Bulletin of Volcanology

, 81:3 | Cite as

Marginally stable recent Plinian eruptions of Mt. Pelée volcano (Lesser Antilles): the P2 AD 280 eruption

  • Guillaume CarazzoEmail author
  • Stephen Tait
  • Edouard Kaminski
Research Article


Major volcanic hazards in the Lesser Antilles arc include powerful Plinian explosive eruptions that inject ash high into the atmosphere and produce dangerous pyroclastic density currents (PDC) on the ground. Understanding the key physical processes governing the dynamics and stability of past volcanic columns is a fundamental problem in volcanology as well as being central to assessing specific hazards in this region and elsewhere. However, the number of cases for which the transition of regime between a stable and collapsing eruptive plume is described in detail remains too small to constrain fully theoretical models of volcanic plumes. Here we present a detailed reconstruction of the time evolution of the P2 AD 280 eruption at Mt. Pelée volcano in Martinique, to expand the database available to test physical models. The P2 sequence, which forced the first inhabitants to flee to other islands for decades as suggested by archaeological evidence, starts with a basal ash layer interpreted as the result of an initial violent laterally directed explosion to the NE of the volcano. Most of the deposit sequence is made of a pumice fall deposit interbedded with a low-concentration PDC deposit interpreted as the result of a partial column collapse. The upper pumice fall unit shows an inverse gradation and is overlain by a final high-concentration PDC deposit or locally by the correlative low-concentration PDC deposit. Field data on deposit dispersal, thickness, and grain-size distribution are used together with physical models to reconstruct the dynamic evolution of this eruption. Empirical models of deposit thinning suggest that the minimum volume of pyroclastic deposits is 0.67–0.88 km3 dense rock equivalent (DRE), much larger than the 0.17 km3 DRE previously estimated. We find that the mass eruption rate increased from 6 × 107 to 1.1 × 108 kg s−1, producing an initially stable 23- to 26-km-high Plinian plume, which ultimately collapsed to form a fountain. We discuss the mechanisms leading to column collapse based on published data on magmatic water contents and our estimates of grain-size distributions and mass discharge rates. The eruption started close to the plume/fountain transition and the volcanic column ultimately collapsed mainly due to an increase in mass discharge rate. This marginally stable evolution was also inferred from analysis of the P1 AD 1300 eruption deposits, suggesting consistent behavior during the recent Plinian eruptions of Mt. Pelée volcano. In these two eruptions, the transition occurred at conditions well predicted by our theoretical model of volcanic plumes.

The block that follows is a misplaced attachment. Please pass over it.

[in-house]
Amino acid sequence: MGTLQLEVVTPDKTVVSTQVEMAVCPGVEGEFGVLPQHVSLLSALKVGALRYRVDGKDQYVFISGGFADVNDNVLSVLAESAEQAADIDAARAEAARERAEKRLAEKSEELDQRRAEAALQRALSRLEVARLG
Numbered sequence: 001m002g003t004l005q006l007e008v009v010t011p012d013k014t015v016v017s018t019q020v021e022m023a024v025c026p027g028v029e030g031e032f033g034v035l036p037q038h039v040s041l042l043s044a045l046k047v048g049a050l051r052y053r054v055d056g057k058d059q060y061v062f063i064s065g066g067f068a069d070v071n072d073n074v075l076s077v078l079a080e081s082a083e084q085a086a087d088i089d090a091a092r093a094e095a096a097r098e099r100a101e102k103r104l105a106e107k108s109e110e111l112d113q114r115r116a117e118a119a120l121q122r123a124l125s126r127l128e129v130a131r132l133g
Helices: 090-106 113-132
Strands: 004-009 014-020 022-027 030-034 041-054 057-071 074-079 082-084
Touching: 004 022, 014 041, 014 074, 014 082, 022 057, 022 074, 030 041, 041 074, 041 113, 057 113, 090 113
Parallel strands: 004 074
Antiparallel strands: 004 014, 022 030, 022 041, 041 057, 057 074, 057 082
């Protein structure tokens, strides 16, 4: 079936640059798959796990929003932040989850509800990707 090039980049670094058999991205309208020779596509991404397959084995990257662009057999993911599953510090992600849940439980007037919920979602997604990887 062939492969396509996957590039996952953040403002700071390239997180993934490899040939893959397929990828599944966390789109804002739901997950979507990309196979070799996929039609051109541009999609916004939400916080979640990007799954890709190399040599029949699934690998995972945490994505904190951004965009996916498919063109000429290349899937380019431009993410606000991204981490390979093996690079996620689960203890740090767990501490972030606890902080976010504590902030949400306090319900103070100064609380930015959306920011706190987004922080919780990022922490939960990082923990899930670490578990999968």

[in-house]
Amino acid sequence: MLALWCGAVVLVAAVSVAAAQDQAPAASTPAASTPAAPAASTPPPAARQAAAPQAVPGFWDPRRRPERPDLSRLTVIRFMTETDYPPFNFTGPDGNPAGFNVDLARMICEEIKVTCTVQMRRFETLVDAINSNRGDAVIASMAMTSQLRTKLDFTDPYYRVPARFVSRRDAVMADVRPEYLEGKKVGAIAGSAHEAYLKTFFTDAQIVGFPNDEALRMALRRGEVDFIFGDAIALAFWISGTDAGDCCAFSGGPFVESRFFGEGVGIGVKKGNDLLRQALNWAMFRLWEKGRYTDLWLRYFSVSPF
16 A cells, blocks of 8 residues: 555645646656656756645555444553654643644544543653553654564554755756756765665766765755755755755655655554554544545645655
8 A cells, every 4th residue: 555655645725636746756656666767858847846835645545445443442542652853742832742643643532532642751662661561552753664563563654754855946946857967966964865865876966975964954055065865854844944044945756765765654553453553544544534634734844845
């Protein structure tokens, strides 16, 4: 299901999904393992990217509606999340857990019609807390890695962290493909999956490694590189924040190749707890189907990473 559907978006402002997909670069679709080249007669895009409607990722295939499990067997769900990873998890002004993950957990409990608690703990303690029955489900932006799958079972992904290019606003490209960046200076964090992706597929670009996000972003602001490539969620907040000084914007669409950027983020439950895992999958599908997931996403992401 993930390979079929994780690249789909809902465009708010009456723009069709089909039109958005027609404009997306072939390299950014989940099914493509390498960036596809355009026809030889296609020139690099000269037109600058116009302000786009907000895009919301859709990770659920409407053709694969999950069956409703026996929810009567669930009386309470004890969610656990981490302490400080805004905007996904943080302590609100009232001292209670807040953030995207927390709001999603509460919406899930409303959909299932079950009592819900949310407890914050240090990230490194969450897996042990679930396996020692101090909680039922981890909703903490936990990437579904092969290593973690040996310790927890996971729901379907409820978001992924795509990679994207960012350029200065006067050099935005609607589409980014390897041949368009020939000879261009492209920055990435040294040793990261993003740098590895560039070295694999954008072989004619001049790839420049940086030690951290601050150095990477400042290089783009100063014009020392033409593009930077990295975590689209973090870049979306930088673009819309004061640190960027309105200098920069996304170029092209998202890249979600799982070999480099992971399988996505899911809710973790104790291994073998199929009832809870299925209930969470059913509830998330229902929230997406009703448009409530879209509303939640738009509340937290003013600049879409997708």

Mt. Pelée volcano Plinian eruption Tephra dispersal Column collapse Eruptive dynamics 



The authors warmly thank S. Self, two anonymous reviewers, and the editor, J. Dufek, for their constructive comments. We are very grateful to C. Martel and C. M. Vidal for fruitful discussions on magmatic water contents at Mt. Pelée volcano. We warmly thank G. Delaviel-Anger, A. Fries, and A. Michaud-Dubuy for their hard work in the field and for stimulating discussions. We thank J.E. Gardner, U. Kueppers, and D. Perugini for valuable assistance in the field and for their insightful comments on the P2 stratigraphy and grain-size distributions. We are grateful to our colleagues of the Institut National de Recherches Archéologiques Préventives, A. Jégouzo, A. Bolle, C. Martin, E. Moizan, C. Dunikowski, and O. Dayrens for sharing their field data. We are also indebted to the staff of the Mt. Pelée volcanological observatory (OVSM) for field and administrative assistance. We also thank J.-P. Dumoulin, L. Beck, E. Delque-Kolic, and C. Moreau (LMC14, CNRS UMS2572) who performed the 14C dating. This work was partially funded by the Institut National des Sciences de l’Univers—Centre National de la Recherche Scientifique progam CT3-ALEA, INSU-CNRS Artemis 2016 for 14C dating, CASAVA (ANR contract ANR-09-ANR-RISK-002), and RAVEX (ANR contract ANR-16-CE03-0002). This is IPGP contribution No. 3998.


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© International Association of Volcanology & Chemistry of the Earth's Interior 2019

Authors and Affiliations

  1. 1.Observatoire Volcanologique et Sismologique de Martinique, Institut de Physique du Globe de Paris, CNRS, Sorbonne Paris CitéFonds St DenisFrance
  2. 2.Institut de Physique du Globe de Paris, Sorbonne Paris Cité, CNRSUniversité Paris DiderotParisFrance

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